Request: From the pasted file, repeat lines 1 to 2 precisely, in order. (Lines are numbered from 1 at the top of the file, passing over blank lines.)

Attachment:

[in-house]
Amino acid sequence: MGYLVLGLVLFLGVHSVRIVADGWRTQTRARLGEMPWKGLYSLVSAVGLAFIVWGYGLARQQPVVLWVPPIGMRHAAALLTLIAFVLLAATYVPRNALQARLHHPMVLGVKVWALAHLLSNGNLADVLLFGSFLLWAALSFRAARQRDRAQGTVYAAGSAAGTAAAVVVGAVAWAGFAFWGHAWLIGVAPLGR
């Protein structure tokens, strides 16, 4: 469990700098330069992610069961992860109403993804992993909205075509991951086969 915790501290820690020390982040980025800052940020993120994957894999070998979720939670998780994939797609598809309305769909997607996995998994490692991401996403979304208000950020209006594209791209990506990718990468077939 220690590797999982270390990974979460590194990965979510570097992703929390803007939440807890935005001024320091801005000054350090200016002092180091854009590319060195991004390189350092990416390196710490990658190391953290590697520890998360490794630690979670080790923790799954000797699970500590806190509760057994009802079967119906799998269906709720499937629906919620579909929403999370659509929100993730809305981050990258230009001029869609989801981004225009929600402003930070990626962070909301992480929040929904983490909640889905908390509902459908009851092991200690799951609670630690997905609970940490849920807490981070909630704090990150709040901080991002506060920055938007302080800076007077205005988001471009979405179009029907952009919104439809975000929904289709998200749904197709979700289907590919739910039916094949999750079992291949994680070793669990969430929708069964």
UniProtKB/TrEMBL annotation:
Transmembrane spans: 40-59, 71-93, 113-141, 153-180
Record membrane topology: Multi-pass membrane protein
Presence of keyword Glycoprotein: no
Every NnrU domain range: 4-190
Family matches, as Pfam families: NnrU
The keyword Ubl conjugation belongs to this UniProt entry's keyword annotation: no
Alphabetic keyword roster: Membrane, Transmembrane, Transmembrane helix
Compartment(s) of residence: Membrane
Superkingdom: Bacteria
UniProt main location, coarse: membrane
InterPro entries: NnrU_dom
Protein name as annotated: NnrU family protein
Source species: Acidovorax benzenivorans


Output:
[in-house]
Amino acid sequence: MGYLVLGLVLFLGVHSVRIVADGWRTQTRARLGEMPWKGLYSLVSAVGLAFIVWGYGLARQQPVVLWVPPIGMRHAAALLTLIAFVLLAATYVPRNALQARLHHPMVLGVKVWALAHLLSNGNLADVLLFGSFLLWAALSFRAARQRDRAQGTVYAAGSAAGTAAAVVVGAVAWAGFAFWGHAWLIGVAPLGR